ETQ (Excellence Through Quality) is a leader in the quality management software industry. Their software named “Reliance”, helps large companies with complex operations run more smoothly and efficiently. Their software is highly configurable which allows companies to tailor ETQ’s software to fit their needs. When I first got to ETQ, my goal was to analyze usability tests of their latest software, organize the data and provide recommendations for solutions. From there, we created a plan to make UX and UI changes for later deployments of the software.
1) Usability test analyses
One other designer and I analyzed nine usability tests from two different companies. The first company we analyzed was very new to using ETQ’s Reliance software while the second company had been using the software for roughly six months.
We organized our findings for the first study by user, each separate task, time to complete each task and then by usability issues and usability successes for each test as you can see below:
From there, we discovered many patterns and usability issues, like:
- System generate emails were not user-friendly in terms of wording and did list the titles of the documents.
- Users wanted a back button
- There were some contrast issues for some fields
BUT the most common pattern we discovered was many new users struggled with navigation.
Several users could not determine how to find different modules or create a new document. We knew that the software needed a redesign and also better tutorial to train new users. The words from the users themselves via a slide from my presentation:
We found that users thought our software could improve and be easier to use. Below you’ll find the SUS score (how the users rated the usability of our software) from one of the usability analysis presentations:
I knew that the current training was not sufficient and my first goal was to make it easier for new users to learn and navigate our software which you’ll learn about in my next mini-case study.
2) Improving the onboarding process
Focused tutorial + Informative tooltips = Better onboarding experience
To remedy this problem for new users, I set out to create a better onboarding process. I found that the original tutorial opened in a separate tab and did not show the user how to complete tasks. Instead of guiding the user step-by-step through the process, it just labeled several elements in the software and defined their function. Because if this, users needed to piece together how everything worked on their own (which took more time).
From my experience and research, I find that users learn and retain information better when they learn by doing. With this method, users find roadblocks and once they do, they’re taught how to navigate around them. It has been clinically proven that people who are slightly stressed actually learn more efficiently. So, my goal was to have the user complete a task using the software. While they were completing this task, the user would be provided with information that focused on common new user pain points.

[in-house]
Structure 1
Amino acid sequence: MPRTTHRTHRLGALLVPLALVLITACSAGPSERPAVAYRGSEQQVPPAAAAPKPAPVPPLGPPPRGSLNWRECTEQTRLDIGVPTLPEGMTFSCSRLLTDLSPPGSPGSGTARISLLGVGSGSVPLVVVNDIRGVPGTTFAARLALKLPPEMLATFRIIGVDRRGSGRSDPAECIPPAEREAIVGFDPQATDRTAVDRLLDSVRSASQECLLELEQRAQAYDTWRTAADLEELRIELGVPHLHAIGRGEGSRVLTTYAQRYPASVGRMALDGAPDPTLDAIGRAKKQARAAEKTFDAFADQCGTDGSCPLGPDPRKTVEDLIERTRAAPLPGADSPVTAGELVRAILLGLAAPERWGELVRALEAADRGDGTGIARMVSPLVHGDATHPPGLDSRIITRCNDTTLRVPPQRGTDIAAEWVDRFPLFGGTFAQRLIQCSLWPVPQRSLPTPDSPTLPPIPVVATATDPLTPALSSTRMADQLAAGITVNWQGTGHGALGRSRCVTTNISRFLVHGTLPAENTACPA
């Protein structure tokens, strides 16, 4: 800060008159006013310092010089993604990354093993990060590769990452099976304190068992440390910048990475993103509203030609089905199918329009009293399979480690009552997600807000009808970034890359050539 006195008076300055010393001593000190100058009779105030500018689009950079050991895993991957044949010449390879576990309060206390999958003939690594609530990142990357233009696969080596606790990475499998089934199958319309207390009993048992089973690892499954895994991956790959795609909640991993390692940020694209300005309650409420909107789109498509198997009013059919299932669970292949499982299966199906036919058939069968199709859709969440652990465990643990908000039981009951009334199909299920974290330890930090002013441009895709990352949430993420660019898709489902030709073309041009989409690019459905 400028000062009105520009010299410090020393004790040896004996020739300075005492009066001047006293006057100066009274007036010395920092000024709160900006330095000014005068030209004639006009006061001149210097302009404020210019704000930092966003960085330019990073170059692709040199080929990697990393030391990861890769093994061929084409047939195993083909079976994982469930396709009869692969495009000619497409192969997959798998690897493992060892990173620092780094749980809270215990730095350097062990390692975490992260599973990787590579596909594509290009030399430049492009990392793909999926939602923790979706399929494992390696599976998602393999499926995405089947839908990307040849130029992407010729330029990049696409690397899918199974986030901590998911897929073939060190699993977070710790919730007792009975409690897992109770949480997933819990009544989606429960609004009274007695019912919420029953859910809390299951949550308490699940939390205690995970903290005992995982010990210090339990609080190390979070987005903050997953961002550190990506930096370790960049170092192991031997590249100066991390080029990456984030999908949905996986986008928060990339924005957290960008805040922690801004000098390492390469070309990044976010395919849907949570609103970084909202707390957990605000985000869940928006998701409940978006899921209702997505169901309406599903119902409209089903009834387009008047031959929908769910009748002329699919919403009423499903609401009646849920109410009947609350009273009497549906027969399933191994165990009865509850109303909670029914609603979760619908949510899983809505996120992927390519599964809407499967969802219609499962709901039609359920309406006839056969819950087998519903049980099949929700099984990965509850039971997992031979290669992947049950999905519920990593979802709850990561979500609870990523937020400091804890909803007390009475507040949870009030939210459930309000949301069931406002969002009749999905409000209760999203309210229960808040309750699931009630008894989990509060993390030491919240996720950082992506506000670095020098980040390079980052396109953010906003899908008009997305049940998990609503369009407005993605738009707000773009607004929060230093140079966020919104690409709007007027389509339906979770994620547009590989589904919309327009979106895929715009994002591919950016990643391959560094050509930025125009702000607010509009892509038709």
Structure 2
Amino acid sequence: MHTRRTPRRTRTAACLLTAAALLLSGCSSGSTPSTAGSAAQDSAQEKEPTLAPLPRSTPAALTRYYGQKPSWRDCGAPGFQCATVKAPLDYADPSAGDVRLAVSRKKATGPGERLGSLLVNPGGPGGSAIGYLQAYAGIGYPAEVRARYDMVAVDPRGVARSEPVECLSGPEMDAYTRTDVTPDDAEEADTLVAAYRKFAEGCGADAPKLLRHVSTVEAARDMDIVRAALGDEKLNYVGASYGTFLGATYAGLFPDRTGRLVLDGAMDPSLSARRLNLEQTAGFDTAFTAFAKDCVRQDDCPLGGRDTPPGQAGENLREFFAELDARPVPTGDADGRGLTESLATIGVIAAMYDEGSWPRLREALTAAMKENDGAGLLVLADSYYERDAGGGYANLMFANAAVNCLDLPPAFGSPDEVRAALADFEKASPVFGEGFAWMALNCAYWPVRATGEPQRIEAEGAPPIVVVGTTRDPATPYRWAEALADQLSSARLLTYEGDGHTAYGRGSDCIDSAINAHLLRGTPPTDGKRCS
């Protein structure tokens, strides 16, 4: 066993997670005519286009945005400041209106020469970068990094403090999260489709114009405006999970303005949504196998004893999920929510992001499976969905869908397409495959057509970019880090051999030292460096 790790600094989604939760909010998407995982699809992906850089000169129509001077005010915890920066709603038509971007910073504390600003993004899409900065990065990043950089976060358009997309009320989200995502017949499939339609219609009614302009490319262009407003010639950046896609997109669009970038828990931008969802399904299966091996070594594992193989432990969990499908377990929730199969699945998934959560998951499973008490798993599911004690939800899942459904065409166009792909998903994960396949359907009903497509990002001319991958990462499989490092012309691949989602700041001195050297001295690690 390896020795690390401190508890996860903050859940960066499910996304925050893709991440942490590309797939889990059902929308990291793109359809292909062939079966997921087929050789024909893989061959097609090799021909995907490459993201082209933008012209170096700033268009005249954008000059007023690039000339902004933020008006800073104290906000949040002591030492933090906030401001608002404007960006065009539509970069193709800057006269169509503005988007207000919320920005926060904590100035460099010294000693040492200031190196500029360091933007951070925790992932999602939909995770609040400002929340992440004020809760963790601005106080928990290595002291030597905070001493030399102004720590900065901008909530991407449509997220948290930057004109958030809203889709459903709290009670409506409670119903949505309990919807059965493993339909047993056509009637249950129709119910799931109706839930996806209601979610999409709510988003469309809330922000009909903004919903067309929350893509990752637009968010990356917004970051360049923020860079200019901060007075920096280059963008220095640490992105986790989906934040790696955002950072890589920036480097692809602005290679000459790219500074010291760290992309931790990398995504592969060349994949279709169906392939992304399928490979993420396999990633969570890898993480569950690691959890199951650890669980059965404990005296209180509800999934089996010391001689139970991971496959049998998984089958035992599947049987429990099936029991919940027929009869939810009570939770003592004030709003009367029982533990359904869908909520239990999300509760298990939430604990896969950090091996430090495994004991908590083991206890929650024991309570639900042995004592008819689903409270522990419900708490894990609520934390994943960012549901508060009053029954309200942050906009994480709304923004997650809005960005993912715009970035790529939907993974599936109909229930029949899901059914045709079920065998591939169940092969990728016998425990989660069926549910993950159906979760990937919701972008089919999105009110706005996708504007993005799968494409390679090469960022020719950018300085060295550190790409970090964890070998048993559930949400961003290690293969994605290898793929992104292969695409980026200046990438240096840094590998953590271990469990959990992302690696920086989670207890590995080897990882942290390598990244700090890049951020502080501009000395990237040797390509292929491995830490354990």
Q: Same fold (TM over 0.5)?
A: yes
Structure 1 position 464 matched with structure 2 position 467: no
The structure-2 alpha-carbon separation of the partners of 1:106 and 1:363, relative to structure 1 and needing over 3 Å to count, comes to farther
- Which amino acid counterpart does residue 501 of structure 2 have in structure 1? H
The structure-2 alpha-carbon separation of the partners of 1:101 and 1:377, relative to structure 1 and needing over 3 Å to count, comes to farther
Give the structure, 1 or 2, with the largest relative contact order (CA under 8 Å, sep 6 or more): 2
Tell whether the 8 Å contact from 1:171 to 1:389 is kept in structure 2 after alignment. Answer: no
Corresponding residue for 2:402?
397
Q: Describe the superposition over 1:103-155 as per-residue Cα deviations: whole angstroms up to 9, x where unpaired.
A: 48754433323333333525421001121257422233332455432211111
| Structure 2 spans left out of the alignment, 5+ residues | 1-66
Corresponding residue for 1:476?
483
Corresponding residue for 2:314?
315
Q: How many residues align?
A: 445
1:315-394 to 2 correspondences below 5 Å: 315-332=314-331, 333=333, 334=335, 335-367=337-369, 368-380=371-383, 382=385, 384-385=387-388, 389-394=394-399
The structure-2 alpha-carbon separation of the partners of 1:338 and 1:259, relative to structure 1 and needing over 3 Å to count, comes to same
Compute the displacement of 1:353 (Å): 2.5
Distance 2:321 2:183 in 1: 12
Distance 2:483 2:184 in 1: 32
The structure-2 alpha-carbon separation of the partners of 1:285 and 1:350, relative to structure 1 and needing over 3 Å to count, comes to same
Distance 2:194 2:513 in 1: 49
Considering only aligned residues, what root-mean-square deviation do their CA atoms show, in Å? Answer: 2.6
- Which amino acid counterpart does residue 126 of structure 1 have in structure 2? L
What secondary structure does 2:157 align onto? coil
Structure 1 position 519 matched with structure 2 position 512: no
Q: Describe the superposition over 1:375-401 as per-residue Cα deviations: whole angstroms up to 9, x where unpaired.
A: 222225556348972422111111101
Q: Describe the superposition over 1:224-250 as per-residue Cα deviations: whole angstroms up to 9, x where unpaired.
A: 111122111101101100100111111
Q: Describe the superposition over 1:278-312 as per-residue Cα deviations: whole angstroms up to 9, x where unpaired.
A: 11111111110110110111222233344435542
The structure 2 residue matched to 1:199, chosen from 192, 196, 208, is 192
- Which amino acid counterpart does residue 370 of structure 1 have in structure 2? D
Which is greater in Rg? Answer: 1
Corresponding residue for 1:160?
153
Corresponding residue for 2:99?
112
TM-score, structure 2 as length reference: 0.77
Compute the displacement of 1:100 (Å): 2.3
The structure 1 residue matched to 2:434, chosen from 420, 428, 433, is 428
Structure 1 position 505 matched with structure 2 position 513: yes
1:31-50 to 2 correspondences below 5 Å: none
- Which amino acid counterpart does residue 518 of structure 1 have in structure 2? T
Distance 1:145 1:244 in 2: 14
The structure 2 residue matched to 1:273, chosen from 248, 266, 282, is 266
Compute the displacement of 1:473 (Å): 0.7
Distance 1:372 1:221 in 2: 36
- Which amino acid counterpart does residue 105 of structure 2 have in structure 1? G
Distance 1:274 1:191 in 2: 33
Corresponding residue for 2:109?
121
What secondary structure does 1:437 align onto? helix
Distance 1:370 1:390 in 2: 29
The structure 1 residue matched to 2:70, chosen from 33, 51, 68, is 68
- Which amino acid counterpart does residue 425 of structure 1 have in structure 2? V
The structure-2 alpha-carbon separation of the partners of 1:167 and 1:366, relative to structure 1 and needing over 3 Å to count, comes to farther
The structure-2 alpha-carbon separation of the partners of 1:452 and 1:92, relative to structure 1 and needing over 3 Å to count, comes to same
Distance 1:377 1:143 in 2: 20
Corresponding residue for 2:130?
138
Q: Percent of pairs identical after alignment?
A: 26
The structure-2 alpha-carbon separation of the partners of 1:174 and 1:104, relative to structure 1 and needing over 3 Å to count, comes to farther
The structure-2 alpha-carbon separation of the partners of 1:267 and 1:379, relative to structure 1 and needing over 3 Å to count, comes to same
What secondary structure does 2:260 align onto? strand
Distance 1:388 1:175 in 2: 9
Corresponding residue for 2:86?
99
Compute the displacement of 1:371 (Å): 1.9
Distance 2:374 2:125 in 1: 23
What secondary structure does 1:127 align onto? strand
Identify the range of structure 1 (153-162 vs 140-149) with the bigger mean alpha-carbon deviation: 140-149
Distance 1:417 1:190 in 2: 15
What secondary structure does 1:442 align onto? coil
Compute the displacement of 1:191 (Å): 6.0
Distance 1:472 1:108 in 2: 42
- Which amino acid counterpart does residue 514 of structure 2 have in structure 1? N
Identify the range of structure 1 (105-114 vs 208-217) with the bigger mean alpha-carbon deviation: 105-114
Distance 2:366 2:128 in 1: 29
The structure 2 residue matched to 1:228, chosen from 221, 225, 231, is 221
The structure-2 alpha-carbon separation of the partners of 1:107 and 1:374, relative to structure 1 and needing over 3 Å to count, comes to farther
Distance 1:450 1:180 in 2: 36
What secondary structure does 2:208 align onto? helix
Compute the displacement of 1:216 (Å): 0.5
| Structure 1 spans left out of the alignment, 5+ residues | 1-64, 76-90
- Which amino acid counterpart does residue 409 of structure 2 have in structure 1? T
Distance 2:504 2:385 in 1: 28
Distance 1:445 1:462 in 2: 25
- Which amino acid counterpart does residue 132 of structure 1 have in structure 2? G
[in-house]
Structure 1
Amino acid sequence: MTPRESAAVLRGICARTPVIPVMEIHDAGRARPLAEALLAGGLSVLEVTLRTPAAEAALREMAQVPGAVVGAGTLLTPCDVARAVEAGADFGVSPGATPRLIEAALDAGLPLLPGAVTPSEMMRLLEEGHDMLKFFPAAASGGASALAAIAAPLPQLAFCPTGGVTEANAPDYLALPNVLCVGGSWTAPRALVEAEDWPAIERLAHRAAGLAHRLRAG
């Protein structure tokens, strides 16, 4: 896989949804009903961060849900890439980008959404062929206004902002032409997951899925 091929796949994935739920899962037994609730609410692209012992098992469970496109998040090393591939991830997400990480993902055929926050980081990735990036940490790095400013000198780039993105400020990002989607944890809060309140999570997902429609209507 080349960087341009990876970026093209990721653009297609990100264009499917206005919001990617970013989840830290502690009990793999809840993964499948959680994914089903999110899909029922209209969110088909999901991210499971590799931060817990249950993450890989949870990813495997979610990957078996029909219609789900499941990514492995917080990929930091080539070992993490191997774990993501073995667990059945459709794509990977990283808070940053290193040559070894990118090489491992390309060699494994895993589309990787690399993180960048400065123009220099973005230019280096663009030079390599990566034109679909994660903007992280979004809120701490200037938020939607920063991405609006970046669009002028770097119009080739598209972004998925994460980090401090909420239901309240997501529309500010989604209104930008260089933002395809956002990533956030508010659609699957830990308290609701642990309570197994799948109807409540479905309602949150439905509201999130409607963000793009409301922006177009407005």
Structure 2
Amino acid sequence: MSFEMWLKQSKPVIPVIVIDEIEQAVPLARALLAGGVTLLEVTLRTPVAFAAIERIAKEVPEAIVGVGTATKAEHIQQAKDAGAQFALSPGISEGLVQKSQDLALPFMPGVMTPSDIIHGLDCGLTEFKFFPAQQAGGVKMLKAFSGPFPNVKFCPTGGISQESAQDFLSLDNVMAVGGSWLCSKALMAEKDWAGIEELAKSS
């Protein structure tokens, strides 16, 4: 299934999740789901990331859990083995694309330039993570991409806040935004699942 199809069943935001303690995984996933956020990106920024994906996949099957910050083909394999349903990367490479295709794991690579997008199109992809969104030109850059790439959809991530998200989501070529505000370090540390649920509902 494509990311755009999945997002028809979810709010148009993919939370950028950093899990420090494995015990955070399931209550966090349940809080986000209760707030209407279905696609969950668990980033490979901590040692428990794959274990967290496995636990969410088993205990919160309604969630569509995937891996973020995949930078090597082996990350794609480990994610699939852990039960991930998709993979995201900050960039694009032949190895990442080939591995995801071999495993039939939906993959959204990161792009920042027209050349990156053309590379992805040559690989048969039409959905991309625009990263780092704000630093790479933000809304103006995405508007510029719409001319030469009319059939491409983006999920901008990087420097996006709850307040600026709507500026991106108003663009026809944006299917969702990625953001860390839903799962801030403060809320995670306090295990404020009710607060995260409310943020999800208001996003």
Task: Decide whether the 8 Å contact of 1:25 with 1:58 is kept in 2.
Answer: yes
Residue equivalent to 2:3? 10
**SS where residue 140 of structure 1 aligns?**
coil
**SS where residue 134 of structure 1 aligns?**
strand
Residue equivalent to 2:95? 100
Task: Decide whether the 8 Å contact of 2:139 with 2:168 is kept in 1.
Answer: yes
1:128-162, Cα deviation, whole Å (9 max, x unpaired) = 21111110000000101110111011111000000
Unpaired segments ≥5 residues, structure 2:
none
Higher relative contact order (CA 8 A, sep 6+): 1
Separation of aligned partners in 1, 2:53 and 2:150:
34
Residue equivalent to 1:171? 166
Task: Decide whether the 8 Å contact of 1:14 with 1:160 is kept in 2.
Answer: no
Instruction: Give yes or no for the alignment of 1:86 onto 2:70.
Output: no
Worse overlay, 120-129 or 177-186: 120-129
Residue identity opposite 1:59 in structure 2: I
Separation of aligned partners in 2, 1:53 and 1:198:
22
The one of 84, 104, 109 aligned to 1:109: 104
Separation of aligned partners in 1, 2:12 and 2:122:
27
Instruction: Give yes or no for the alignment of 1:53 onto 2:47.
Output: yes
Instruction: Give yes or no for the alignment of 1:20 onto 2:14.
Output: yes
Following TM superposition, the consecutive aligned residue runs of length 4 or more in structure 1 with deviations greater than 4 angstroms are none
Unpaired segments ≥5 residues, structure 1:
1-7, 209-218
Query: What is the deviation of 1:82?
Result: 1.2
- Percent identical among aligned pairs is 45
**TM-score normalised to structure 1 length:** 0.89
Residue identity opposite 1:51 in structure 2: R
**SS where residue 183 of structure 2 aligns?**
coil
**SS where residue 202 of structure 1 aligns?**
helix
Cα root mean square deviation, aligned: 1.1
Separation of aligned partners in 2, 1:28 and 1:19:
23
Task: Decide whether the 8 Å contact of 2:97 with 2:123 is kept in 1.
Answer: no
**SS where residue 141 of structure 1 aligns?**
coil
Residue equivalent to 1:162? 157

To avoid an overload of information, I only wanted the user to learn about common pain points in the tutorial. The user could learn more about unmentioned elements using tooltips. The user could hover over any element on the screen and a helpful hint would teach them about that element. This eliminated many steps that I originally considered teaching new users. You can see an example of these tooltips below in a screenshot and video:
Informative tooltip examples:
This redesign also included adding small touches to improve the tutorial. For example, I added an executive’s quote to promote the usefulness of the Reliance software. That quote:
“Greater customer satisfaction is truly the goal of Herman Miller’s strategic thrust, and ETQ is the backbone of that strategic thrust.”
-Sue Little, Quality Manager, Herman Miller
Below is an example of one of the navigational pain points for new users. Users overlooked this step in the original tutorial and did not know how to find the all modules screen. This is done through the waffle menu which the tutorial reveal with a looping video. (Still working on making this auto-loop in my portfolio).
Original tutorial step
Redesigned tutorial step
And the last example I’ll mention here is: the original tutorial did not show users how to create new documents or even mention the new document button. Despite the new document button having a prime location in the top left of the screen, the majority of users overlooked this button. Despite the location the button fails to stand out because it’s 1) a ghost button and not filled in with a color. And 2) there’s plenty of other distracting options on the screen. Somehow, this all-important button gets lost in the void. In the new tutorial, I reveal what this important button can do.
This was a project that saw real promise early on with my successful results from usability testing, however my contract ended before this got implemented. I would love to see how this new onboarding process would do in an actual implementation. I believe this process would significantly decrease customer service issues and increase customer satisfaction.
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